By Carol Vaughn —
We all have been on a journey of sorts these past few months, as the coronavirus pandemic changed our lives in fundamental ways.
Wachapreague resident Claire Poole recently took that journey to the literal level by circumambulating the Eastern Shore of Virginia — a 212-mile journey on foot that took 20 days.
“In these times, we are all moving in a body from one place — an ordinary or known place — to an extraordinary, unknown place…so the whole idea of pilgrimage is suddenly very apropos to every single individual in our culture, whether we know it or not,” said Poole, 66, a recently retired massage therapist who also is a spiritual director with the Episcopal Diocese of Southern Virginia.
When COVID-19 came on the scene, the massage business was shuttered and Poole decided it was time to retire.
Her decision to walk the Eastern Shore came out of what at first was disappointment, after a planned pilgrimage on the Camino de Santiago in April had to be scrapped because of the pandemic.
The Camino de Santiago — in English the Way of St. James — is a network of ancient pilgrim routes stretching across Europe and coming together at the tomb of St. James in Santiago de Compostela, in north-west Spain. The Camino attracts hundreds of thousands of pilgrims each year.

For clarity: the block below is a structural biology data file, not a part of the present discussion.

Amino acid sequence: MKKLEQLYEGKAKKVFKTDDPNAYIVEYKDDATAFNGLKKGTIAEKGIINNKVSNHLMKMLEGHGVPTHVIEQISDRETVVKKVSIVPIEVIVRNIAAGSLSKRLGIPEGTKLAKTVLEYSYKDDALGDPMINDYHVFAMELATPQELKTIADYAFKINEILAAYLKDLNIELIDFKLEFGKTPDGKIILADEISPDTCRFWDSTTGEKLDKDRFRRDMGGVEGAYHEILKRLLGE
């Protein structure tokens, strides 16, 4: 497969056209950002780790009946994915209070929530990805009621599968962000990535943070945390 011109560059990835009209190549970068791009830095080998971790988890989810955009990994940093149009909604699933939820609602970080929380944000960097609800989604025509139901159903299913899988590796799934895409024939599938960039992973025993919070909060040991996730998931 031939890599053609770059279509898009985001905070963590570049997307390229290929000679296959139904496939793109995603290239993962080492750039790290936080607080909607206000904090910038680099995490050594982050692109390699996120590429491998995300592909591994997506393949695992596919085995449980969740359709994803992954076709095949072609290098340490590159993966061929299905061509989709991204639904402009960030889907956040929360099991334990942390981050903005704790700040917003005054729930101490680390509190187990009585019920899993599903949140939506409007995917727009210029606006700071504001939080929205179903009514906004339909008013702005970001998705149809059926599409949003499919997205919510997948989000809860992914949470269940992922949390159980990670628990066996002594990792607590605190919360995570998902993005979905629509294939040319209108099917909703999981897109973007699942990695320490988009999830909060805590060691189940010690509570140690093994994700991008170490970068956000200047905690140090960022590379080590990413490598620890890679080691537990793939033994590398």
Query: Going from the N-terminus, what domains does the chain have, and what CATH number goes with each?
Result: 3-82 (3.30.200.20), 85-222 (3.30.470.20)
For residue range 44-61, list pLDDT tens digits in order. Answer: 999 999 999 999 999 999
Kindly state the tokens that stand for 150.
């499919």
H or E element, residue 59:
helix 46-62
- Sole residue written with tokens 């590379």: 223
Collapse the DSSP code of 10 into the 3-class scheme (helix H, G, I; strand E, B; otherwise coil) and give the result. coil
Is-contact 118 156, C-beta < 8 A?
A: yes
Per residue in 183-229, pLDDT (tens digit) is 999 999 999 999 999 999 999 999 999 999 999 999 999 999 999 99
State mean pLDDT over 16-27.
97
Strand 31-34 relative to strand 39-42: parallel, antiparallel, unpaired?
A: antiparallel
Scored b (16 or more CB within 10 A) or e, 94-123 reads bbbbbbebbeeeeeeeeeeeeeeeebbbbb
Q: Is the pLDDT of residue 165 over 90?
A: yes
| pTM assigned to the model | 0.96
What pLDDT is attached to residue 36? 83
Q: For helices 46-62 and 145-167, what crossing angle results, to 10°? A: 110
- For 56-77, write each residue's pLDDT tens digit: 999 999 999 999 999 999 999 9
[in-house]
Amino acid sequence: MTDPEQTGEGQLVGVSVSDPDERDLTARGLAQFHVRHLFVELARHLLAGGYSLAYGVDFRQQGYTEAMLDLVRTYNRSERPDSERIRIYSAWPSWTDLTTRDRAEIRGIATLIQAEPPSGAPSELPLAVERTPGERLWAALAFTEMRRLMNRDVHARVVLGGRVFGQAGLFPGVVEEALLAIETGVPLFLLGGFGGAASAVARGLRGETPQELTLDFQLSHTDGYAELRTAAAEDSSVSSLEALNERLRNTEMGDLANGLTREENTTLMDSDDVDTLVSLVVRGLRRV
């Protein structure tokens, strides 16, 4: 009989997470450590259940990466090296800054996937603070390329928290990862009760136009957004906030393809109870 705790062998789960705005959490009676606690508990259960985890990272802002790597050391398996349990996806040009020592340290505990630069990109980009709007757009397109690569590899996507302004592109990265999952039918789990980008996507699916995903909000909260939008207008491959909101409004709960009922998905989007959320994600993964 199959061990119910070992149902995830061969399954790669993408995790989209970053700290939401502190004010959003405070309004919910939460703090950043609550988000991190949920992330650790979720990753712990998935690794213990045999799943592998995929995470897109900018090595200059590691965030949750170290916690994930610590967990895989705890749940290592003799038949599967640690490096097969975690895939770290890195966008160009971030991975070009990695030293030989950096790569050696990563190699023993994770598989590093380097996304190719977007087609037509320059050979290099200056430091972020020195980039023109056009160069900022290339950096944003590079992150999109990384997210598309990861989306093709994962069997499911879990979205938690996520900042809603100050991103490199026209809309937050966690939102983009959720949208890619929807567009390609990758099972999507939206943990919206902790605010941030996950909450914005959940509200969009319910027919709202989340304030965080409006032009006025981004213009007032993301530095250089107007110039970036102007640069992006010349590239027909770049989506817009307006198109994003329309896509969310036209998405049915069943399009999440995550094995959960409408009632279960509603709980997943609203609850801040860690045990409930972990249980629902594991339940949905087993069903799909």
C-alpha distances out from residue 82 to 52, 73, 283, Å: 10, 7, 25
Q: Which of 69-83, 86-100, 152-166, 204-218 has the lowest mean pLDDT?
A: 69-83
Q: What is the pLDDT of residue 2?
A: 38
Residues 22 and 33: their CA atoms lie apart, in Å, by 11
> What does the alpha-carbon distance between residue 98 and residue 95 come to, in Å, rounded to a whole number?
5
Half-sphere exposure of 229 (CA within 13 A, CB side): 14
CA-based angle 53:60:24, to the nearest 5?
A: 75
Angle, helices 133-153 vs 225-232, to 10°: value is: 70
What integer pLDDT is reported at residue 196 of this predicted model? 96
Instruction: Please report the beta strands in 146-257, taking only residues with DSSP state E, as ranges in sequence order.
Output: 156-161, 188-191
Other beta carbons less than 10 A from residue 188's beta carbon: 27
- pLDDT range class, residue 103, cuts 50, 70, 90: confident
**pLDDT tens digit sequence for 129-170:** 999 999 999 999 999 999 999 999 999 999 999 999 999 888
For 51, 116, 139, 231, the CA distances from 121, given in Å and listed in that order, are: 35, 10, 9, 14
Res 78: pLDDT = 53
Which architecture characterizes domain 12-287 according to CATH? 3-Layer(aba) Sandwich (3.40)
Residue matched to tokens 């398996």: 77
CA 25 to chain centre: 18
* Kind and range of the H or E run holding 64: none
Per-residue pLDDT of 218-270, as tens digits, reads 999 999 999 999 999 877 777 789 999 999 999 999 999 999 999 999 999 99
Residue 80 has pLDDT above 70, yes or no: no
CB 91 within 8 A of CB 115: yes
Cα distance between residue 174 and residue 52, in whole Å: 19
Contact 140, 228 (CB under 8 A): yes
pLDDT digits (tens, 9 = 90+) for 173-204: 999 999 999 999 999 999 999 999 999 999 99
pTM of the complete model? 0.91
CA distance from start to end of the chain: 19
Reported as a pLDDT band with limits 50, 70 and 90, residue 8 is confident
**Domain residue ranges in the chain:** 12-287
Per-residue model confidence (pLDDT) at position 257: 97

Poole had been preparing for a year, both physically and mentally, for the 350-mile walk through parts of Portugal and Spain. The plan was to begin on April 22, her 66th birthday.
Instead, after initial disappointment at the trip’s cancellation, she decided to make a pilgrimage right here at home.
With husband Art providing daily transportation to and from the path, and wearing a blaze orange safety vest, she started walking March 24 at Wise Point at the southern tip of Northampton County and proceeded up Seaside Road all the way to the Virginia-Maryland state line.
Then she crossed over to Bayside Road and traveled south until she arrived again at the Shore’s southern tip on May 11, after 20 days walking.
What did she find along the way?
A new appreciation for the Eastern Shore, which she already thought she knew and loved. Still, seeing the land and its inhabitants on foot gave a new perspective.
“I’ve seen quite a bit of the Shore’s landscape and I’ve said hi to many people along the way,” Poole said.
Her overarching impression?
“I have just been stunned by the goodness of the Shore. My breath was taken away from day one with the sweetness of the landscape, but right with that is the goodness of the people…across all classes, all races, all cultures, and assumed political persuasions,” Poole said.
She walked through wealthy subdivisions, poor neighborhoods, and everything in between during the 20 days.
“To walk through neighborhoods with neither fear nor judgment…It’s easy to have judgment on both ends of the socioeconomic spectrum…so it’s an exercise in not doing that,” Poole said.
Some people she encountered asked if she was walking for exercise or if she needed help. The orange safety vest helped let most people know she was out intentionally.
People were out working in their yards and children were outside a lot this spring, in part as result of the pandemic and resulting closings of workplaces and schools.
That led to conversations as she passed by.